Mom gives birth to ‘black & white twins’ – teaches them to love their differences

After an 8-year struggle Judith Nwokocha was thrilled to discover that she was pregnant.

The 38-year-old Nigerian-born photographer from Calgary fell pregnant with her husband, who is also black, through IVF and later discovered that she was actually pregnant with twins.

As her pregnancy progressed one of her babies fell behind in the growth rate and she was warned her baby may have Down syndrome.

At 37 weeks Judith was induced and her twins were delivered via caesarean section.

She delivered her baby boy, Kamsi, weighing 6.1 lbs., but was understandably concerned when her daughter Kachi arrived weighing just 3½ lbs.

But this wasn’t her only concern as her baby daughter was diagnosed with albinism which affects the production of melanin, the pigment that colors skin, hair, and eyes.

When she was handed her beautiful babies Judith revealed her shock at seeing them and initially believed she had been given the wrong baby.

“The first time I saw her, I wondered if the nurse was handing me my baby, or someone else’s. I waited a few seconds for someone to tell me there was a mix up, but all I heard from the nurse was how beautiful she was.”

Judith was concerned about the growth rate of her daughter while she was carrying her but she never believed she would give birth to a white baby.

Judith wrote, “I was quite surprised by how white she was.” A few days after the twins were born, doctors told Judith that Kachi had albinism.

The mom of two was initially concerned for Kachi and how people would react to her as well as being concerned about her health after being told that Kachi would be visually impaired for the rest of her life.

“I loved my princess like every mother would love her baby, but worried about her condition,” she wrote in a Love What Matters essay.

“Gradually, worry turned to sadness and I started questioning God, wondering why he would put me in such a situation. I worried about her future, how society would treat her, how she’ll be accepted… 

“I envied other black babies and thought, ‘Why me? Why was I the one to have an albino baby? How did I get black and white twins?”‘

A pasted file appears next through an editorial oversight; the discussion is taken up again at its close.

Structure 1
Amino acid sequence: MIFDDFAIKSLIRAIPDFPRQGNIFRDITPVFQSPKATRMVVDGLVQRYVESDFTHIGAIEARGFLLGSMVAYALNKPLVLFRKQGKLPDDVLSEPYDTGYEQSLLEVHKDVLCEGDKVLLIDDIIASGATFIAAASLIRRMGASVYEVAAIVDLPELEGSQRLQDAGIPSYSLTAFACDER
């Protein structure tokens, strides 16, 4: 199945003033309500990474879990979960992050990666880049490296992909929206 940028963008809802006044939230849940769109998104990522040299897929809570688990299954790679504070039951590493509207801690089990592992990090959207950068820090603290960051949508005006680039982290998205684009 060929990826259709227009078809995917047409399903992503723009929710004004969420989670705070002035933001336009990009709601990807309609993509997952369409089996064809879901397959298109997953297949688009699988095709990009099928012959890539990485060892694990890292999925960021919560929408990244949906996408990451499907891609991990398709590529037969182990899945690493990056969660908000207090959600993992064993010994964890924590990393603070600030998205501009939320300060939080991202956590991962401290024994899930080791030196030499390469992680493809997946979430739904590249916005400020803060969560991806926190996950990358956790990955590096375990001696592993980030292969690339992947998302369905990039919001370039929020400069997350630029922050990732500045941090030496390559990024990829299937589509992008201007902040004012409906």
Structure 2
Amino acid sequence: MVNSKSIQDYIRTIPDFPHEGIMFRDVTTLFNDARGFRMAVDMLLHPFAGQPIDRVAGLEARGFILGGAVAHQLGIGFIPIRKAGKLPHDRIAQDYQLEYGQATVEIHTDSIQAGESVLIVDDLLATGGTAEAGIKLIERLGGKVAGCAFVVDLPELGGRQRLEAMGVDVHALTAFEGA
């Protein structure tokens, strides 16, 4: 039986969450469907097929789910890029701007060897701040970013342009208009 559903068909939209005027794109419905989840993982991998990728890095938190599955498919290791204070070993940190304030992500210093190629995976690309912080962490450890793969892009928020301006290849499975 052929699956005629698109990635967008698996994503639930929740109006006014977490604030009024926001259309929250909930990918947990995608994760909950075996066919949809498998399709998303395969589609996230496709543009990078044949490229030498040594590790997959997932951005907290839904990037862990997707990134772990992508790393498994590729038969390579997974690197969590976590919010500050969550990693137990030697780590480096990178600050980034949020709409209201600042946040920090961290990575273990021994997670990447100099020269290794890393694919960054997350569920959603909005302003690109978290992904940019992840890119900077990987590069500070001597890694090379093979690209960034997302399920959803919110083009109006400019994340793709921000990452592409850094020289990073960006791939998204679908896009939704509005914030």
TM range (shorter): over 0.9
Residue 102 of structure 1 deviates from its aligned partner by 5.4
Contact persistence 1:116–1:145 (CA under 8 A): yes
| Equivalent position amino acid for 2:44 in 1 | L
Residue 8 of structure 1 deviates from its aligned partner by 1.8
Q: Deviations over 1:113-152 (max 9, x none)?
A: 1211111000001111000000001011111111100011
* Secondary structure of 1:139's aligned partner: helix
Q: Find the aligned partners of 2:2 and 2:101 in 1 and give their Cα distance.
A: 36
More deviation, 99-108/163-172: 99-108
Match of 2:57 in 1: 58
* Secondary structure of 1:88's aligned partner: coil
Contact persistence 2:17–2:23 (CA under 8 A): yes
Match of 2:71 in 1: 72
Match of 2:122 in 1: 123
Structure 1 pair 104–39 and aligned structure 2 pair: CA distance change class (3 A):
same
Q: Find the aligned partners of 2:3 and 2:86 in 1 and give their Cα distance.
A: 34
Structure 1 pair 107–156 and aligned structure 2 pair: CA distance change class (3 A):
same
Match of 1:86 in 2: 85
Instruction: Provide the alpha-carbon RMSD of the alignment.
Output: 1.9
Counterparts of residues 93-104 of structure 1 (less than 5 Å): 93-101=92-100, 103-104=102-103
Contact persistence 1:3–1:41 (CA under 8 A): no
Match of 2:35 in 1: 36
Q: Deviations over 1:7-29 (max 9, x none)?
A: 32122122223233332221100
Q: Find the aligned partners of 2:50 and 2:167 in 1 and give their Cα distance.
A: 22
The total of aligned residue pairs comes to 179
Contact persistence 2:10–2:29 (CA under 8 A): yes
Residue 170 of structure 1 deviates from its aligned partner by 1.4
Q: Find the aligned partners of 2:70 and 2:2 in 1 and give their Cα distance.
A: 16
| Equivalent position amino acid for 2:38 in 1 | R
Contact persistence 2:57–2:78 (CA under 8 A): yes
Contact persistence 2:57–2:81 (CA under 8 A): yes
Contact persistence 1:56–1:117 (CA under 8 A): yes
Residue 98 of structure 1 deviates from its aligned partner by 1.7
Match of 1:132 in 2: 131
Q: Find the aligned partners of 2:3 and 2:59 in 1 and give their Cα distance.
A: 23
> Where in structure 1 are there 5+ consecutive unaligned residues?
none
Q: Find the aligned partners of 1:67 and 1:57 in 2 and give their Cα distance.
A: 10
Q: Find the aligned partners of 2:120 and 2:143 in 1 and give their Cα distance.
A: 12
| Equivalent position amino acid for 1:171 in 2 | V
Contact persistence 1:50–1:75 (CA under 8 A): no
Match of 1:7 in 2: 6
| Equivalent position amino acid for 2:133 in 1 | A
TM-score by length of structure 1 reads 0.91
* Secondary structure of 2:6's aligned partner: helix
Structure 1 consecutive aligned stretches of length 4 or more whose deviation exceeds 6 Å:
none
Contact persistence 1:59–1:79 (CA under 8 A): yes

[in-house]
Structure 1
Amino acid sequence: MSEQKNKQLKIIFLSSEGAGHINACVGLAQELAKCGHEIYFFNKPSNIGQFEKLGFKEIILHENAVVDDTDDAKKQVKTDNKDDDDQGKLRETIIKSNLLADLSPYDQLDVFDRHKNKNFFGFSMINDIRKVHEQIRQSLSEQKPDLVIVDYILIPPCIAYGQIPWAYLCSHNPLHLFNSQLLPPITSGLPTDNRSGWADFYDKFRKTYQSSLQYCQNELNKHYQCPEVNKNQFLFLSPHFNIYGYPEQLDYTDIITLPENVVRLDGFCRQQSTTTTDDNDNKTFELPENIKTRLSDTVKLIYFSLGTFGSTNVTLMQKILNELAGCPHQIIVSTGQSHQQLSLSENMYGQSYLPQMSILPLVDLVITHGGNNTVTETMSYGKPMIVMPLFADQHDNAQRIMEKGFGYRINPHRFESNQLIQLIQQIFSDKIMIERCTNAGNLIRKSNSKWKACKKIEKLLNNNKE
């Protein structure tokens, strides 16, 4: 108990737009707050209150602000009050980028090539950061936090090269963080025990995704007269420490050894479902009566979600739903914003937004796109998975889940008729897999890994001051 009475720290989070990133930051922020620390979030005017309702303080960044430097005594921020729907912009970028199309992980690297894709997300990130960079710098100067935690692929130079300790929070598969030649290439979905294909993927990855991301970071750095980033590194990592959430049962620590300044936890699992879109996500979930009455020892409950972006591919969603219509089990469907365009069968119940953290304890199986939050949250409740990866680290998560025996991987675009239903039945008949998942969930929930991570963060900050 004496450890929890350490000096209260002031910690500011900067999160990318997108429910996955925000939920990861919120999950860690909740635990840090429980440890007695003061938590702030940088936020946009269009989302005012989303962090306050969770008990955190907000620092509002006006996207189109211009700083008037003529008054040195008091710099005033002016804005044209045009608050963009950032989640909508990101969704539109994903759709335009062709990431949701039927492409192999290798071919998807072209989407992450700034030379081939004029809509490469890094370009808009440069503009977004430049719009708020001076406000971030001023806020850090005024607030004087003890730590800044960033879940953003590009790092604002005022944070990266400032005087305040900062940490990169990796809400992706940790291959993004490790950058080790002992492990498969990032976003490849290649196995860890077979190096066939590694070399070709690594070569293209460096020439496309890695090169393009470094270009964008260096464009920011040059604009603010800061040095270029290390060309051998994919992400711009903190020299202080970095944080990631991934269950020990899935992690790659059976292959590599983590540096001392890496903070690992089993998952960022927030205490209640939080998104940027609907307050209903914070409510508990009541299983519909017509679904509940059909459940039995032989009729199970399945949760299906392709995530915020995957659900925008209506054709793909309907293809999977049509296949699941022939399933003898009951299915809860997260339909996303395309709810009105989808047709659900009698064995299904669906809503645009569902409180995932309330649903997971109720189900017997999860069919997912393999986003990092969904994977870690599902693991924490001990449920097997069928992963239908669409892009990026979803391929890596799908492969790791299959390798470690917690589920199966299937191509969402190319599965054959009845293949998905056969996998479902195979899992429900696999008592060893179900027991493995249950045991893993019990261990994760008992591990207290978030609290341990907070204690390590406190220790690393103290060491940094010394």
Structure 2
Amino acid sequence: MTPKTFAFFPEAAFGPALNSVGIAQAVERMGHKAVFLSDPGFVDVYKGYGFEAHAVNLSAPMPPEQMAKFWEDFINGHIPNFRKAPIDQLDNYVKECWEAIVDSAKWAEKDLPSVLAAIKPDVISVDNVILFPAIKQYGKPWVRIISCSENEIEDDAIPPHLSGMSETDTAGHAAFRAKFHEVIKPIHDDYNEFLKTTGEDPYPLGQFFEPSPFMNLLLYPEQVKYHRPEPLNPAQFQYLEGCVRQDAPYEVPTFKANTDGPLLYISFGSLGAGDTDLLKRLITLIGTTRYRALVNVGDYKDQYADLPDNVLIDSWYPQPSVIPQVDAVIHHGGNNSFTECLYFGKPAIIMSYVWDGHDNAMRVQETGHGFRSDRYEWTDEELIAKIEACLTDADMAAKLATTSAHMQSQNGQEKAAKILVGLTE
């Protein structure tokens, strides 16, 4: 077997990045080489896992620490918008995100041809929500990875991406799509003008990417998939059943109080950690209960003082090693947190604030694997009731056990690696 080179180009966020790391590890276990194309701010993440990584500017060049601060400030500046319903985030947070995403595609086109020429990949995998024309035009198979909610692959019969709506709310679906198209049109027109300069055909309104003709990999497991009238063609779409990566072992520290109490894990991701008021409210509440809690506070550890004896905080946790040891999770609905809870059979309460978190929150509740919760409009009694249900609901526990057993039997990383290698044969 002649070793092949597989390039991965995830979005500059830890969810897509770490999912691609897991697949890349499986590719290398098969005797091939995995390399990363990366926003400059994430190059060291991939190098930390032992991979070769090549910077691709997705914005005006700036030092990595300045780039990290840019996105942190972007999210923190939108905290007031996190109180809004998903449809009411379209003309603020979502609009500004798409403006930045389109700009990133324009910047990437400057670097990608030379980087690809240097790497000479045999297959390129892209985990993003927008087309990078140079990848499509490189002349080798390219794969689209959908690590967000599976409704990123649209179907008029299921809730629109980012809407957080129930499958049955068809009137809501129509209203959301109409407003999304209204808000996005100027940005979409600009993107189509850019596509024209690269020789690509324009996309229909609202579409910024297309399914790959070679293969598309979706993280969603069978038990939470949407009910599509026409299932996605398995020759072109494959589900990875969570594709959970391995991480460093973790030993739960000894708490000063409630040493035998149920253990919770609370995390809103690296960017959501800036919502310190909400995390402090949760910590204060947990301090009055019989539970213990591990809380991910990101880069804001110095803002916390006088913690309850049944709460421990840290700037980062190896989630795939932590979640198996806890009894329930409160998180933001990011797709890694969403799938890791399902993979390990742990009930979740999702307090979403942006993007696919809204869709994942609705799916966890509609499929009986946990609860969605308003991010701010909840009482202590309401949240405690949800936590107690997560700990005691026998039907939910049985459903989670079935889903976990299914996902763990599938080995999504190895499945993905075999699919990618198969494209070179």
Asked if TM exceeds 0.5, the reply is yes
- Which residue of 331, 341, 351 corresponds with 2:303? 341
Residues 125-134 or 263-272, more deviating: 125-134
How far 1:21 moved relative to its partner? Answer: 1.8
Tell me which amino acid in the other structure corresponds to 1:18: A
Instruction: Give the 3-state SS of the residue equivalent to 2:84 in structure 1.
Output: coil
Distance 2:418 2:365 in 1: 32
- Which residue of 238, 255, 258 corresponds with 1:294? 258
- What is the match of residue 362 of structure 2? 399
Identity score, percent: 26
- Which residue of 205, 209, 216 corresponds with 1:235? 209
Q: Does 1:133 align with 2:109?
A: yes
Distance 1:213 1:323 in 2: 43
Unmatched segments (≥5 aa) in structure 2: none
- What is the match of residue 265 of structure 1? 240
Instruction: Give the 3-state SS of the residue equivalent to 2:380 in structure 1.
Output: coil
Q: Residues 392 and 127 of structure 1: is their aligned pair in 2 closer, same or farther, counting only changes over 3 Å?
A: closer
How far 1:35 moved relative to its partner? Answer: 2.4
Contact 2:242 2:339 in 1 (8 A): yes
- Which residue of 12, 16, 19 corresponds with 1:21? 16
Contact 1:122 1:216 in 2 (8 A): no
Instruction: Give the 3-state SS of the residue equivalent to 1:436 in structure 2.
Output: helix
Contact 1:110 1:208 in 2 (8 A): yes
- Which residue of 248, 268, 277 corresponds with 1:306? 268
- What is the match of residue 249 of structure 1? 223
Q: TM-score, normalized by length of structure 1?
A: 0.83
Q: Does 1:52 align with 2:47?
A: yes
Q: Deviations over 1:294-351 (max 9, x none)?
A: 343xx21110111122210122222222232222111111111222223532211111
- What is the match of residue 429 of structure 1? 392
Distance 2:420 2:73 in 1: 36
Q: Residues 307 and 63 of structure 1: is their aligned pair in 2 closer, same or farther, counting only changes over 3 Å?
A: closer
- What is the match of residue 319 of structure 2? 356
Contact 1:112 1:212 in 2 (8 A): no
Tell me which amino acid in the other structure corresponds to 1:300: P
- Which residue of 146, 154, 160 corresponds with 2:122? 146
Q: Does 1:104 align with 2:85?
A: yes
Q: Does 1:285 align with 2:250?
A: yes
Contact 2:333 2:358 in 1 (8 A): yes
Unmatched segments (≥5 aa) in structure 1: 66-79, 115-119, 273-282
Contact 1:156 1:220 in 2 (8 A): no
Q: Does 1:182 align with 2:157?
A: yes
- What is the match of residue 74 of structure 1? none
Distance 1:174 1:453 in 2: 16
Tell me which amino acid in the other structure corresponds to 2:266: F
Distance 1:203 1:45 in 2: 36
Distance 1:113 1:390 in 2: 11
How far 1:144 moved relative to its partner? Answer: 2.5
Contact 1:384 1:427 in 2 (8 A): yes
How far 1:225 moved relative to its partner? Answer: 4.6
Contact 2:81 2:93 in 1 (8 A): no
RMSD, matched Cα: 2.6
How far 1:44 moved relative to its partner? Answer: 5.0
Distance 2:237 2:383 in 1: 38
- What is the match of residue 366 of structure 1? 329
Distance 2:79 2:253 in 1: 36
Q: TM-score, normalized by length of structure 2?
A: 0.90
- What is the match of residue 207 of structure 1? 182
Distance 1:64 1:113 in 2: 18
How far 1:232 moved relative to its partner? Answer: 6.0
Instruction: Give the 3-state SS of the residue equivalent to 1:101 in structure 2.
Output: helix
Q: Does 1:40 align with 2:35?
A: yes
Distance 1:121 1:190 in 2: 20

She even said that she and her husband had to go to counselling to help learn to cope with Kachi’s condition and by the time the twins were 1 Judith said she had learned to see past the negativity.

“I began to see the beauty in her condition. I began to admire her gold hair, her brown eyes, her pink lips and everything about her. 

“I noticed how attractive she was to people whenever I took them out. People admired her a lot and she is usually the one who gets all the attention.”

Like all twins the brother and sister share a special bond and don’t notice that anything is different.

Judith says she is now working on always reminding her daughter just how special she is.

“I always tell her how beautiful she is, because she really is. I wouldn’t trade her condition for a million dollars because she’s perfect to me in every way,” she said.

“Albinism may have its challenges but I’m teaching her to be strong and conquer whatever may come her way. I’m showcasing the beauty in albinism by constantly taking pictures of her and twin brother. 

“I’m not sure she’s aware of her uniqueness at the moment, but eventually she’ll know, and it’s my responsibility to educate her and teach her to love herself no matter what.”

Such beautiful babies that should be celebrated for their differences, they are so special.

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